By Melora McInnis
Jan. 22, 2015
Some Morell Regional high school students say their vote won’t make a difference, but Statistics Canada suggests otherwise.
In the 2011 federal election 38.8 per cent of youth ages 18-24 voted, but the turnout for those ages 25-34 was only 7.3 per cent higher.
Not enough politics is being discussed with youth, said some grade 11 students in Morell on Jan. 14.
“One vote is not going to make the difference. It’s not going to be a swing vote when it comes down to me,” said Chandler Acorn.
When it comes to politics, Morell high school Canadian history teacher Jonathan Murphy said it’s hard to keep students interested.
“There are some students that are very well versed and know the differences between parties and platforms but for the most part, I find the students wouldn’t have any idea.”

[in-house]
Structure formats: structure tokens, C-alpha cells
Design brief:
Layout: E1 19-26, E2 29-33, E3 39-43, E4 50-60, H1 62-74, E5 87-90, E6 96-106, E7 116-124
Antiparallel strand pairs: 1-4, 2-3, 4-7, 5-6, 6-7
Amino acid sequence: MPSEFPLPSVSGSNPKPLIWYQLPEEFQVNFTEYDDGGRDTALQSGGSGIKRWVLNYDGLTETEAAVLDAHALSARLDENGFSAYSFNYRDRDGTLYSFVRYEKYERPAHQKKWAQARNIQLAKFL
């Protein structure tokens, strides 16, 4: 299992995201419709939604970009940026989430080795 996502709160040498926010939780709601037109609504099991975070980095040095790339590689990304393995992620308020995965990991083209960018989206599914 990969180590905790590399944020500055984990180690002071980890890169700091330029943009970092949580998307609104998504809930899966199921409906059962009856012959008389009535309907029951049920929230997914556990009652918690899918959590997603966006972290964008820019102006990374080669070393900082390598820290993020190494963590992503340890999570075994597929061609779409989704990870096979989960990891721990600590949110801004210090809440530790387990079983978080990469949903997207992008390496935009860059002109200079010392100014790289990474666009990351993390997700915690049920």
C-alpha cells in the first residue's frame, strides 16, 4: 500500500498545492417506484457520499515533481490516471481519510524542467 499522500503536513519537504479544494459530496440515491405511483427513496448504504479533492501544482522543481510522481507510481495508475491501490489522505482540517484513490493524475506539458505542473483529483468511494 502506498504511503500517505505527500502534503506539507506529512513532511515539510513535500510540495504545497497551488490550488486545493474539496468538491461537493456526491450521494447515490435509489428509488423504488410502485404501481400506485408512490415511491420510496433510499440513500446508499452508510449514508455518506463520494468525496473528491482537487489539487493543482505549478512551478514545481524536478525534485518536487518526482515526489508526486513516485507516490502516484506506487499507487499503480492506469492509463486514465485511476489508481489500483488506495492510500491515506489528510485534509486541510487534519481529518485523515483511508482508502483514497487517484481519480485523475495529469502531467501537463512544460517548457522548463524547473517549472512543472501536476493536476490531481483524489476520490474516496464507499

For his students to become involved the political issues have to be directed at youth, he said.
“It’s very concerning when you look at the statistics as far as percentage of voters in Canada.”
Geneva Cahill said she wants to vote when she’s of age, although she doesn’t know much about politics.
“If I want anything to change I probably should. If I complain about the government or anything like that, then I didn’t have a say because I didn’t vote,” she said.
Students are interested in politics if it applies to youth but the government tends to direct the issues to the older generation, she said.
“I don’t really think they (politicians) care, personally. They just go with what they’ve always known. But things are changing and people are becoming interested in different things and they haven’t really got into the loop.”
Malpeque MP of the Liberal Party Wayne Easter said youth seem to be interested in politics but they have a history of not voting.
“I think part of it is, not enough discussion of politics,” he said.
The Liberal party’s key emphasis is getting youth involved in politics but more can be done, said Easter.
“I wouldn’t by any means say were doing enough either to get in contact with young people.”
The MP gives speeches at high schools to involve youth. The party also has a Young Liberals wing but more can be done, he said.
“I think all of us, regardless of the political party have got to find ways of connecting with young people on their issues and involve them in the process.”